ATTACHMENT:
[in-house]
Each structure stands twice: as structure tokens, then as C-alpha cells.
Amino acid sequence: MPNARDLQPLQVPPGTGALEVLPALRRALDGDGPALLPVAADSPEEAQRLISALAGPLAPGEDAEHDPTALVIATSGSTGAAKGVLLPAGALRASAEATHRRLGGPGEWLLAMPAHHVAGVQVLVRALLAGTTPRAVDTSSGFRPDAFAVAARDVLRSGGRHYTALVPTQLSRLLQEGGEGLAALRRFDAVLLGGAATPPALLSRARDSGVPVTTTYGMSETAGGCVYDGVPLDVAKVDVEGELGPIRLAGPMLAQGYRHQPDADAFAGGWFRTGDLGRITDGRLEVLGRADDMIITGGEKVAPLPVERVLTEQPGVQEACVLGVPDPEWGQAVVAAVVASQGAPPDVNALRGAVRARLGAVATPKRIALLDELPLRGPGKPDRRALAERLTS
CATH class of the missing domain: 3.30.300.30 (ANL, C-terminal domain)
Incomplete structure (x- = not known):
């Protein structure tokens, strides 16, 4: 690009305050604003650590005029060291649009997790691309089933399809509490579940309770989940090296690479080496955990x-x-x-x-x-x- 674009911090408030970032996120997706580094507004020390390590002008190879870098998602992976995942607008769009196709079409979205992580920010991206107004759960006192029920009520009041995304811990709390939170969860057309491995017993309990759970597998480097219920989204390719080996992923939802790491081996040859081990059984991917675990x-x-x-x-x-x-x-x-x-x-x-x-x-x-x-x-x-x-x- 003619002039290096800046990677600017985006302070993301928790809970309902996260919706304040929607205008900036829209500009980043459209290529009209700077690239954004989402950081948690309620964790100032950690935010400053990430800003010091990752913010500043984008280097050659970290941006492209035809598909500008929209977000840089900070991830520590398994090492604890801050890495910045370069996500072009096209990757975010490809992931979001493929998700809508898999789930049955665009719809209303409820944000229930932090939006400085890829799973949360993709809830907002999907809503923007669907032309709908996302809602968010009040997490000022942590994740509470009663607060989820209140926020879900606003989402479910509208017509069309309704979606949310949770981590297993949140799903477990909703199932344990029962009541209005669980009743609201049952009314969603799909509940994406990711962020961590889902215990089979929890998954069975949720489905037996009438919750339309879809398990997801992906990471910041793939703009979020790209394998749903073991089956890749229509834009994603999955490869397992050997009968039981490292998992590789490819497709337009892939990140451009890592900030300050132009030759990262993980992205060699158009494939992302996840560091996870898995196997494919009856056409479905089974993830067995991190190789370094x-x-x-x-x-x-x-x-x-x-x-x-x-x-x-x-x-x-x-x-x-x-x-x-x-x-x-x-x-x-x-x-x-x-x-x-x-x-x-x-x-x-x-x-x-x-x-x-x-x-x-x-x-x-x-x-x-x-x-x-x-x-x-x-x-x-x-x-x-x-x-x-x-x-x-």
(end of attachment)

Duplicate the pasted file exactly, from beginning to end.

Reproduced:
[in-house]
Each structure stands twice: as structure tokens, then as C-alpha cells.
Amino acid sequence: MPNARDLQPLQVPPGTGALEVLPALRRALDGDGPALLPVAADSPEEAQRLISALAGPLAPGEDAEHDPTALVIATSGSTGAAKGVLLPAGALRASAEATHRRLGGPGEWLLAMPAHHVAGVQVLVRALLAGTTPRAVDTSSGFRPDAFAVAARDVLRSGGRHYTALVPTQLSRLLQEGGEGLAALRRFDAVLLGGAATPPALLSRARDSGVPVTTTYGMSETAGGCVYDGVPLDVAKVDVEGELGPIRLAGPMLAQGYRHQPDADAFAGGWFRTGDLGRITDGRLEVLGRADDMIITGGEKVAPLPVERVLTEQPGVQEACVLGVPDPEWGQAVVAAVVASQGAPPDVNALRGAVRARLGAVATPKRIALLDELPLRGPGKPDRRALAERLTS
CATH class of the missing domain: 3.30.300.30 (ANL, C-terminal domain)
Incomplete structure (x- = not known):
């Protein structure tokens, strides 16, 4: 690009305050604003650590005029060291649009997790691309089933399809509490579940309770989940090296690479080496955990x-x-x-x-x-x- 674009911090408030970032996120997706580094507004020390390590002008190879870098998602992976995942607008769009196709079409979205992580920010991206107004759960006192029920009520009041995304811990709390939170969860057309491995017993309990759970597998480097219920989204390719080996992923939802790491081996040859081990059984991917675990x-x-x-x-x-x-x-x-x-x-x-x-x-x-x-x-x-x-x- 003619002039290096800046990677600017985006302070993301928790809970309902996260919706304040929607205008900036829209500009980043459209290529009209700077690239954004989402950081948690309620964790100032950690935010400053990430800003010091990752913010500043984008280097050659970290941006492209035809598909500008929209977000840089900070991830520590398994090492604890801050890495910045370069996500072009096209990757975010490809992931979001493929998700809508898999789930049955665009719809209303409820944000229930932090939006400085890829799973949360993709809830907002999907809503923007669907032309709908996302809602968010009040997490000022942590994740509470009663607060989820209140926020879900606003989402479910509208017509069309309704979606949310949770981590297993949140799903477990909703199932344990029962009541209005669980009743609201049952009314969603799909509940994406990711962020961590889902215990089979929890998954069975949720489905037996009438919750339309879809398990997801992906990471910041793939703009979020790209394998749903073991089956890749229509834009994603999955490869397992050997009968039981490292998992590789490819497709337009892939990140451009890592900030300050132009030759990262993980992205060699158009494939992302996840560091996870898995196997494919009856056409479905089974993830067995991190190789370094x-x-x-x-x-x-x-x-x-x-x-x-x-x-x-x-x-x-x-x-x-x-x-x-x-x-x-x-x-x-x-x-x-x-x-x-x-x-x-x-x-x-x-x-x-x-x-x-x-x-x-x-x-x-x-x-x-x-x-x-x-x-x-x-x-x-x-x-x-x-x-x-x-x-x-």